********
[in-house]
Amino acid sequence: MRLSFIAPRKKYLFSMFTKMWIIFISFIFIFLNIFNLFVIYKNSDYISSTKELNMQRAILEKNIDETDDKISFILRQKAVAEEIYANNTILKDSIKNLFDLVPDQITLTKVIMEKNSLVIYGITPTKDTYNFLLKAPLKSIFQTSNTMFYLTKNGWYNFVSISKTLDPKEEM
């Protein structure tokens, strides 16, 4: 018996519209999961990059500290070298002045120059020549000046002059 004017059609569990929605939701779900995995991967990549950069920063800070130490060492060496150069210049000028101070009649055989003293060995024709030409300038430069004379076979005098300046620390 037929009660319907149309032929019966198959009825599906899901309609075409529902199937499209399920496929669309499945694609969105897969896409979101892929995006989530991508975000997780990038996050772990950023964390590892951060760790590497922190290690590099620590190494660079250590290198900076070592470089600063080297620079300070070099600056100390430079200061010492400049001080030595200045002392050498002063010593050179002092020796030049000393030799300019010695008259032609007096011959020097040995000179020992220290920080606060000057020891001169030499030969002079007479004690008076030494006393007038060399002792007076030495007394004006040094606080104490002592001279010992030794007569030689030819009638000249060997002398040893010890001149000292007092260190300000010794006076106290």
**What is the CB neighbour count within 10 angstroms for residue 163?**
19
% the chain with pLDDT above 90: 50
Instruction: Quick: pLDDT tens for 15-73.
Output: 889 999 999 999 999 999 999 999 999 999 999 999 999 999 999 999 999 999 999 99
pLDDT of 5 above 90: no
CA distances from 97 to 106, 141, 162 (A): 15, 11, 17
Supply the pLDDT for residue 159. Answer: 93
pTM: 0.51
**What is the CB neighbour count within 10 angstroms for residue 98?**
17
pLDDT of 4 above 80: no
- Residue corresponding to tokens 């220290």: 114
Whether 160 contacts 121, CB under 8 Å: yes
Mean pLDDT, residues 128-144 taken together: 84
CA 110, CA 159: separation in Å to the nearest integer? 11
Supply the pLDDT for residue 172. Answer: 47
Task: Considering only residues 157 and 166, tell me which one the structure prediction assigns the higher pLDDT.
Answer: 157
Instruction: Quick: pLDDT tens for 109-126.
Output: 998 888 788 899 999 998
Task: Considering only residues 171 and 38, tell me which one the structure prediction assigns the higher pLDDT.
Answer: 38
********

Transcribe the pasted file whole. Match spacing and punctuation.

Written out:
[in-house]
Amino acid sequence: MRLSFIAPRKKYLFSMFTKMWIIFISFIFIFLNIFNLFVIYKNSDYISSTKELNMQRAILEKNIDETDDKISFILRQKAVAEEIYANNTILKDSIKNLFDLVPDQITLTKVIMEKNSLVIYGITPTKDTYNFLLKAPLKSIFQTSNTMFYLTKNGWYNFVSISKTLDPKEEM
């Protein structure tokens, strides 16, 4: 018996519209999961990059500290070298002045120059020549000046002059 004017059609569990929605939701779900995995991967990549950069920063800070130490060492060496150069210049000028101070009649055989003293060995024709030409300038430069004379076979005098300046620390 037929009660319907149309032929019966198959009825599906899901309609075409529902199937499209399920496929669309499945694609969105897969896409979101892929995006989530991508975000997780990038996050772990950023964390590892951060760790590497922190290690590099620590190494660079250590290198900076070592470089600063080297620079300070070099600056100390430079200061010492400049001080030595200045002392050498002063010593050179002092020796030049000393030799300019010695008259032609007096011959020097040995000179020992220290920080606060000057020891001169030499030969002079007479004690008076030494006393007038060399002792007076030495007394004006040094606080104490002592001279010992030794007569030689030819009638000249060997002398040893010890001149000292007092260190300000010794006076106290």
**What is the CB neighbour count within 10 angstroms for residue 163?**
19
% the chain with pLDDT above 90: 50
Instruction: Quick: pLDDT tens for 15-73.
Output: 889 999 999 999 999 999 999 999 999 999 999 999 999 999 999 999 999 999 999 99
pLDDT of 5 above 90: no
CA distances from 97 to 106, 141, 162 (A): 15, 11, 17
Supply the pLDDT for residue 159. Answer: 93
pTM: 0.51
**What is the CB neighbour count within 10 angstroms for residue 98?**
17
pLDDT of 4 above 80: no
- Residue corresponding to tokens 């220290």: 114
Whether 160 contacts 121, CB under 8 Å: yes
Mean pLDDT, residues 128-144 taken together: 84
CA 110, CA 159: separation in Å to the nearest integer? 11
Supply the pLDDT for residue 172. Answer: 47
Task: Considering only residues 157 and 166, tell me which one the structure prediction assigns the higher pLDDT.
Answer: 157
Instruction: Quick: pLDDT tens for 109-126.
Output: 998 888 788 899 999 998
Task: Considering only residues 171 and 38, tell me which one the structure prediction assigns the higher pLDDT.
Answer: 38